TOPEKA, Kan. – The Kansas Department of Health and Environment rescinded a boil water advisory today, Aug. 24, 2018, for the city of Melvern, in Osage County.

Laboratory testing samples collected from the city of Melvern indicate no evidence of contamination and all other conditions that placed the system at risk of contamination are deemed by KDHE officials to be resolved.

The advisory was issued Aug. 20 because of a line break resulting in a loss of pressure in the system. Failure to maintain adequate pressure may result in a loss of chlorine residuals and bacterial contamination.

The order was lifted yesterday for the cities of Lyndon and Quenemo in Osage County, along with Osage County Rural Water District No. 4, Anderson County RWD No. 4, Coffey County RWD No. 3, Melvern Lake Arrow Rock Campground, and the cities of Lebo, Waverly, Williamsburg and Pomona.

Jones Trust grants ECKAN funds for local assistance programs

The trustee for the Walter S. and Evan C. Jones Testamentary Trust has presented a grant to the East Central Kansas Economic Opportunity Corporation (ECKAN) in the amount of $170,000 for the Stepping Stones to Success case management program in Osage, Lyon and Coffey counties, and the agency’s Head Start program.

The funds, awarded on June 25, 2018, will provide new CPR mannequins and new hearing and vision screening equipment for the Head Start program. Funds will also be used by ECKAN to support the Stepping Stones to Success case management program with individual client goals and a pilot cash match savings plan.

“ECKAN is appreciative of this award and would like to thank U.S. Trust and the Jones family for their continued support of community initiatives,” said Crystal Anderson, ECKAN assistant CEO.

Area boil water advisory rescinded except for city of Melvern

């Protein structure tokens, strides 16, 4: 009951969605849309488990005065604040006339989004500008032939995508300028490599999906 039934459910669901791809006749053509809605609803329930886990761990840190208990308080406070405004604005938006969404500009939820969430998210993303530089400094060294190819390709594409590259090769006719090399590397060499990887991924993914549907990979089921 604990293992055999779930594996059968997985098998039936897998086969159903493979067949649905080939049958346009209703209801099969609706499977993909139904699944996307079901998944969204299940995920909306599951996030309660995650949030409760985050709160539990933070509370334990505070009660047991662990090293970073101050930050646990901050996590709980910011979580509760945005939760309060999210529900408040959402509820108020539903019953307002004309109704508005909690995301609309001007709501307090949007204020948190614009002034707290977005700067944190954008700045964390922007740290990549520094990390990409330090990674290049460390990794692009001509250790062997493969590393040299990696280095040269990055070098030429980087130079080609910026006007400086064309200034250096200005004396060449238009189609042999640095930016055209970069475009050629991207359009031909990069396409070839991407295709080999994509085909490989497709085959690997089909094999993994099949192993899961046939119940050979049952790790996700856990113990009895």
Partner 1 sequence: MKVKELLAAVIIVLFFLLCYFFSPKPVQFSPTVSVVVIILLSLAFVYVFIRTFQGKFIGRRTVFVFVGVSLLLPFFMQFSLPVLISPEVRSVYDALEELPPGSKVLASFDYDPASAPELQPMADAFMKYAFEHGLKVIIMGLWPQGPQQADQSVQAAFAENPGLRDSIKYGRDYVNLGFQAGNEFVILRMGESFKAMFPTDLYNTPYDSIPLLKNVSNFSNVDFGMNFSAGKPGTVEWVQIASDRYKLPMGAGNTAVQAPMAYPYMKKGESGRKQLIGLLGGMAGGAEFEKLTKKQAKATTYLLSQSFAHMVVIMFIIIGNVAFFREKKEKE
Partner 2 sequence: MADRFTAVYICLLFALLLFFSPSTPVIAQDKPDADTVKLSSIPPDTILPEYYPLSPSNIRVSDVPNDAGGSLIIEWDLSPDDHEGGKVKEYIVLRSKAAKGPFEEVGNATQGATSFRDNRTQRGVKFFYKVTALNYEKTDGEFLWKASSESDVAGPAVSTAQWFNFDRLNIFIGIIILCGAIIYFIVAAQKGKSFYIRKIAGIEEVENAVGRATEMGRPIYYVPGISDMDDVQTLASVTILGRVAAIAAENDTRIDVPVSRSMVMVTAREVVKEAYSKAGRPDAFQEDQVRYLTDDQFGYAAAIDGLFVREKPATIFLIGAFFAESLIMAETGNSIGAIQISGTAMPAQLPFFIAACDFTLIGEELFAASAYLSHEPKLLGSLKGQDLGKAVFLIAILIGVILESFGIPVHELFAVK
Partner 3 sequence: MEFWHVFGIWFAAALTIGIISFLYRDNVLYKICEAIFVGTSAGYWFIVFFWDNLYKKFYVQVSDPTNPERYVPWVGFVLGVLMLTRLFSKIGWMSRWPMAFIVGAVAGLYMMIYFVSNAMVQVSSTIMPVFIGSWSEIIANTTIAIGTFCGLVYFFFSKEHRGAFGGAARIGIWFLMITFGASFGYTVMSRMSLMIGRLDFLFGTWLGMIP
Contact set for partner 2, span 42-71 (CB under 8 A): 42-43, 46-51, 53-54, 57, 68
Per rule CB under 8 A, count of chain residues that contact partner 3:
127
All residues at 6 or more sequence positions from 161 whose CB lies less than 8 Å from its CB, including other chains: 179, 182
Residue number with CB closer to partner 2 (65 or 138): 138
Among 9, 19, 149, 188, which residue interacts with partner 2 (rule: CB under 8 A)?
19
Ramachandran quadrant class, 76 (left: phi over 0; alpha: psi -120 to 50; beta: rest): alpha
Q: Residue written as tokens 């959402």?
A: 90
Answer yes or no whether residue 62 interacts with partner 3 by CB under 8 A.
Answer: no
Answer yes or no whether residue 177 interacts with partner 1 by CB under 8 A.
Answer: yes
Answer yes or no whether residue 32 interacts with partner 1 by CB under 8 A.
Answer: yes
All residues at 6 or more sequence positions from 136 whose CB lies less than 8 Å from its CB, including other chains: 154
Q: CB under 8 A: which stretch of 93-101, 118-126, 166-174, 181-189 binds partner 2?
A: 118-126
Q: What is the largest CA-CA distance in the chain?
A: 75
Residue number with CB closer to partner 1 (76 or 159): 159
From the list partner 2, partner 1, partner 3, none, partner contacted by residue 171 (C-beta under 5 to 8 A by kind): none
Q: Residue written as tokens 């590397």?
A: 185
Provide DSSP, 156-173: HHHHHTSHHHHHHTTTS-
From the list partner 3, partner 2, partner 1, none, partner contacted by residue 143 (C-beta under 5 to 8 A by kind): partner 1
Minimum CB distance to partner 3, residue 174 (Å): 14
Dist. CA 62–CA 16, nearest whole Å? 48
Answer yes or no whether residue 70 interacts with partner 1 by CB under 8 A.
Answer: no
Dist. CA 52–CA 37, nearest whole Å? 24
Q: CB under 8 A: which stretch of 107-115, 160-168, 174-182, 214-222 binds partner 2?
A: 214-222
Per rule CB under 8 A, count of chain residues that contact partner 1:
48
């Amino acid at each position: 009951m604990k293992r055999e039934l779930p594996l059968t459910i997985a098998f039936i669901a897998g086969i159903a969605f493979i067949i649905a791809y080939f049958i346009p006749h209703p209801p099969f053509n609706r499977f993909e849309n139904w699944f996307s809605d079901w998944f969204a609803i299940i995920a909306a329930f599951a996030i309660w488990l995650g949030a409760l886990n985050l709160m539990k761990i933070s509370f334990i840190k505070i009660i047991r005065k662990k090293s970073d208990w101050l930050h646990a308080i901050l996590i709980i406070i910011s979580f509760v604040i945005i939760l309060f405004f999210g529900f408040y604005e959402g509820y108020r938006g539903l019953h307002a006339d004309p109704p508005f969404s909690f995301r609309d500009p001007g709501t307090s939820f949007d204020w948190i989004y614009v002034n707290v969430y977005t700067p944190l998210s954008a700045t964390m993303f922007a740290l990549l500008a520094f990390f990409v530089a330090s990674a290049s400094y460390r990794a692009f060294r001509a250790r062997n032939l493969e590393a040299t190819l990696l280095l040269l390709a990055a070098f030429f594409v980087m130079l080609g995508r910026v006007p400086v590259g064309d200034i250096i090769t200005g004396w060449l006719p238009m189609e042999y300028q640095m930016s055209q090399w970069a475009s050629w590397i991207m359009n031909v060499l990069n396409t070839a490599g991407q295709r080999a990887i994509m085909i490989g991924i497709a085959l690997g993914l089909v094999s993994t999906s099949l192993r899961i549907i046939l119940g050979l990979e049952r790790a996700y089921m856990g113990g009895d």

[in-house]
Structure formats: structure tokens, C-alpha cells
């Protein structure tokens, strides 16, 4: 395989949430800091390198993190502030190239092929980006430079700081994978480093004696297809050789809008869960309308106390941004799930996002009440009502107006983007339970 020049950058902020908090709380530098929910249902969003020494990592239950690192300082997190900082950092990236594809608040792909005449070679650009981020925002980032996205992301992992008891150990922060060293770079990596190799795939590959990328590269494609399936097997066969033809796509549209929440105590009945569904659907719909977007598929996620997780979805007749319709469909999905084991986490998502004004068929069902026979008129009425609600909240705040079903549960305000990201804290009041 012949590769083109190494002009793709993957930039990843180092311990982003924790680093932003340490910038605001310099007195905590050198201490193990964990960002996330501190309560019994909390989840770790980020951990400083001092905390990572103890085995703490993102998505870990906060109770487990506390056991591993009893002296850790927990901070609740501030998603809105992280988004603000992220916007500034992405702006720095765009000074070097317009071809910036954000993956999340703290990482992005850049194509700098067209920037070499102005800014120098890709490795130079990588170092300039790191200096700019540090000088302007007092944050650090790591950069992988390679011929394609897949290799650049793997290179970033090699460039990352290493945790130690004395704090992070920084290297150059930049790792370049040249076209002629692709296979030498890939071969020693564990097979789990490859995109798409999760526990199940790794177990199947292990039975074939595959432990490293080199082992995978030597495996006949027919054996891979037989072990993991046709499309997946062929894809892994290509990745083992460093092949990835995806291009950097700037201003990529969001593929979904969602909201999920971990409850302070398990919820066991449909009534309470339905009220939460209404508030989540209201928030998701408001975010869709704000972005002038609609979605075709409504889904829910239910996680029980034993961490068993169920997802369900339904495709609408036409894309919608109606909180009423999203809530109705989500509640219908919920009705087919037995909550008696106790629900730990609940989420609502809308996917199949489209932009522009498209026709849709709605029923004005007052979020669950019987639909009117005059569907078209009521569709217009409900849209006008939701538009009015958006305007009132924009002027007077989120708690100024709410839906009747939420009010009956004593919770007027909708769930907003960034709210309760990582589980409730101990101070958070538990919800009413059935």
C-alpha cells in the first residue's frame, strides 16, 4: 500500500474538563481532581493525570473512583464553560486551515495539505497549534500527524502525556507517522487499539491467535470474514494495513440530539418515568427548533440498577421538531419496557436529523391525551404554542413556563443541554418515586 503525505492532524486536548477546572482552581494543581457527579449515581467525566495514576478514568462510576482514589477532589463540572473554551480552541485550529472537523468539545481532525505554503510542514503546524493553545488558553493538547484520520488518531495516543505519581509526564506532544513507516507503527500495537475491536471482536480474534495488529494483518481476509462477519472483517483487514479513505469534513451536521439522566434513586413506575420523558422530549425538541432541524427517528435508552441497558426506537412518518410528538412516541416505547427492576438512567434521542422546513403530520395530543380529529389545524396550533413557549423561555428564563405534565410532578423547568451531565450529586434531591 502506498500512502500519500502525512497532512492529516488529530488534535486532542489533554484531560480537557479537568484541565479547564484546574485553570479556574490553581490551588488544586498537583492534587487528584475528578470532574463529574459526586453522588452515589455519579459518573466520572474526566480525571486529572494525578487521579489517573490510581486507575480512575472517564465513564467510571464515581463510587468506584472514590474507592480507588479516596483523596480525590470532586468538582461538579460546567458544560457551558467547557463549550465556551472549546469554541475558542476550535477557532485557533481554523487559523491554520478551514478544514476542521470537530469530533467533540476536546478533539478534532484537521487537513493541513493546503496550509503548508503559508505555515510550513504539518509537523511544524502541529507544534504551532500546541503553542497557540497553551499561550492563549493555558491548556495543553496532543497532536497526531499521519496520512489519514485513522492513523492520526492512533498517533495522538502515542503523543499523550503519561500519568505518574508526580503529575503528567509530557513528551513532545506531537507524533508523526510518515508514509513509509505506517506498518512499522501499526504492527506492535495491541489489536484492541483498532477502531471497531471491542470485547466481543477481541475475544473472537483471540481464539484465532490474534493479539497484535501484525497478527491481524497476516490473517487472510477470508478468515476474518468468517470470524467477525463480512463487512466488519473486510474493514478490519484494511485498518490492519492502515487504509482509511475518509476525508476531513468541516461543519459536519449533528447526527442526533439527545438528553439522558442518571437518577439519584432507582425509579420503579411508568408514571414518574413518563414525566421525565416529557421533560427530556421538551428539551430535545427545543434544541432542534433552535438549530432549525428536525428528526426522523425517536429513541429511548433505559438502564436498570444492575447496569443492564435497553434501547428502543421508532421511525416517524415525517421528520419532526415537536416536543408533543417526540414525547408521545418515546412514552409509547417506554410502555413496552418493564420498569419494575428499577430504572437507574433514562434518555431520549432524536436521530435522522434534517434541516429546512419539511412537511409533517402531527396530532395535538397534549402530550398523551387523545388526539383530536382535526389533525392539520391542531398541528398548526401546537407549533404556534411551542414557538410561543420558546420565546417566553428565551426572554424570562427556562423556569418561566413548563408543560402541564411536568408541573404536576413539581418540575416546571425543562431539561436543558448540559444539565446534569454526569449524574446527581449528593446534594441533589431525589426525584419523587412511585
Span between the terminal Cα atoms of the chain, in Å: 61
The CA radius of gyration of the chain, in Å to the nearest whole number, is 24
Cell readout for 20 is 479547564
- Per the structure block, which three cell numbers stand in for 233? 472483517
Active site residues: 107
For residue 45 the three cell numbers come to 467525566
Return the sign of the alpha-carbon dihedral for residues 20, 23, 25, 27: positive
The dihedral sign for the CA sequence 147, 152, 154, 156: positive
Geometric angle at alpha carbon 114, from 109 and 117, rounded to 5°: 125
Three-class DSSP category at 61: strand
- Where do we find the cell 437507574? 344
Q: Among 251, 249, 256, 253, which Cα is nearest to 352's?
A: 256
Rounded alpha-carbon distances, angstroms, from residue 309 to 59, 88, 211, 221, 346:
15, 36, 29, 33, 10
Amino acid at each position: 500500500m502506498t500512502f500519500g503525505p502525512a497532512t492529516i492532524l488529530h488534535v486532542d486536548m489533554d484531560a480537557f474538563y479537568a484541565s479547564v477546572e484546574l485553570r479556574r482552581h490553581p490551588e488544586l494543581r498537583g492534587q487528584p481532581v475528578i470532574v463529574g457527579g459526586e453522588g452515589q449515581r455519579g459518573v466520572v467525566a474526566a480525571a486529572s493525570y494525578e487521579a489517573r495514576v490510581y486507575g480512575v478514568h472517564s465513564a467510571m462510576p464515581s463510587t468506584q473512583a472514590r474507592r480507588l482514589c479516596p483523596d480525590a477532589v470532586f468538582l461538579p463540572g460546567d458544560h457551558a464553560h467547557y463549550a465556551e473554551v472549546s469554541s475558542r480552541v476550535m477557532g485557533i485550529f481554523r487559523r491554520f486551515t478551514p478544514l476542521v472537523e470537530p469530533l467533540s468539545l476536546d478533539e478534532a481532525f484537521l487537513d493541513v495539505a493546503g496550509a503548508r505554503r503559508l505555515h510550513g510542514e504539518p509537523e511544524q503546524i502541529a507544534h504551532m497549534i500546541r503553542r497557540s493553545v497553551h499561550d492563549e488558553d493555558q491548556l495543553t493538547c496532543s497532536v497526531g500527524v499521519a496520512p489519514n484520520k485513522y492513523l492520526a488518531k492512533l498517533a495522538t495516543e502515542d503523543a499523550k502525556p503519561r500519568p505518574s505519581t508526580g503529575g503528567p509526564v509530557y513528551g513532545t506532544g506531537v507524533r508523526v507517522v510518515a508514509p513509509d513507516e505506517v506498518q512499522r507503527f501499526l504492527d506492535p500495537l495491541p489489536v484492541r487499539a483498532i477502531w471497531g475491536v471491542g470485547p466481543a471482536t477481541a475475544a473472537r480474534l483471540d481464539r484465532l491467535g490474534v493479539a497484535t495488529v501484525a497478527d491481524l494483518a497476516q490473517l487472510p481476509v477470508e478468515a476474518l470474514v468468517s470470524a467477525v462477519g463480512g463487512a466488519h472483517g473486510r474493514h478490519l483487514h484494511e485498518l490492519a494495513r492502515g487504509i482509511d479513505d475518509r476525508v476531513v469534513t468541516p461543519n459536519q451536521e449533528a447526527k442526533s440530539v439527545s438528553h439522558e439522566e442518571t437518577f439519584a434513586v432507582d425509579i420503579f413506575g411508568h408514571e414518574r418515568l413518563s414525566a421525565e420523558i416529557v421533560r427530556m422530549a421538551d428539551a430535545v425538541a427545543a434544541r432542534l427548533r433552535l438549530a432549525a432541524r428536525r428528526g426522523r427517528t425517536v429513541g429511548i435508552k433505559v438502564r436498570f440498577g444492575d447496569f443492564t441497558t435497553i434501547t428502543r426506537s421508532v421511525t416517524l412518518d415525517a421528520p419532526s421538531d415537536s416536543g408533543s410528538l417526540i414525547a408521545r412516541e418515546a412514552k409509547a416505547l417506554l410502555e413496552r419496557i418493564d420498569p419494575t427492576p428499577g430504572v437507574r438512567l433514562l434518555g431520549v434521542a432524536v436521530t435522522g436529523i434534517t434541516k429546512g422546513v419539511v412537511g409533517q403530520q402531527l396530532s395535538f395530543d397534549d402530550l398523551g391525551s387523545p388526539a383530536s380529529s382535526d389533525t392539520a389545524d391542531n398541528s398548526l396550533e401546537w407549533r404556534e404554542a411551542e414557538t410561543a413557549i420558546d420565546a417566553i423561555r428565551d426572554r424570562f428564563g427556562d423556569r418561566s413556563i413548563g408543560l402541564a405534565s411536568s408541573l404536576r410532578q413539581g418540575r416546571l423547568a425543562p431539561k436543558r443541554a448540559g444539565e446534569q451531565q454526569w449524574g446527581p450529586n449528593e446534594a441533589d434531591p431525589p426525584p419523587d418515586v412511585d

TOPEKA – The Kansas Department of Health and Environment rescinded a boil water advisory today, Aug. 23, 2018, for 10 of the purchasing systems of Public Wholesale Water Supply District No. 12. The advisory was issued Monday because of a line break resulting in a loss of pressure in the system. Failure to maintain adequate pressure may result in a loss of chlorine residuals and bacterial contamination.

The order has been lifted for the cities of Lyndon and Quenemo in Osage County, along with Osage County Rural Water District No. 4, Anderson County RWD No. 4, Coffey County RWD No. 3, Melvern Lake Arrow Rock Campground, and the cities of Lebo, Waverly, Williamsburg and Pomona.

The boil water advisory remains in effect for the city of Melvern, in Osage County, because of a positive bacteriological sample. Additional sampling must be conducted.

Laboratory testing samples collected from Public Wholesale Water Supply District No. 12 and the purchasing systems listed above indicate no evidence of contamination, and all other conditions that placed the system at risk of contamination are deemed by KDHE officials to be resolved. 

KDHE issues boil water advisory for Lyndon, Melvern, Quenemo after line breaks

12 area water systems under advisory

TOPEKA, Kan. – The Kansas Department of Health and Environment issued a boil water advisory today for 12 water systems in northeast Kansas, including the Osage County communities of Lyndon, Quenemo and Melvern. The water systems obtain water from Public Wholesale Water Supply District No. 12, which was put under the advisory because of a line break resulting in a loss of pressure in the system.

The water systems affected include those of the city of Lebo, city of Quenemo, Coffey County Rural Water District No. 3, city of Lyndon, city of Waverly, Osage Co. RWD No. 4, city of Melvern, city of Williamsburg, Osage Co. RWD No. 6, city of Pomona, Anderson Co. RWD No. 4, and Melvern Lake Arrow Rock campground.

Customers should observe the following precautions until further notice:

  • Boil water for one minute prior to drinking or food preparation or use bottled water.
  • Dispose of ice cubes and do not use ice from a household automatic icemaker.
  • Disinfect dishes and other food contact surfaces by immersion for at least one minute in clean tap water that contains one teaspoon of unscented household bleach per gallon of water.

Water used for bathing does not generally need to be boiled. Supervision of children is necessary while bathing so that water is not ingested. Persons with cuts or severe rashes may wish to consult their physicians. If your tap water appears dirty, flush the water lines by letting the water run until it clears.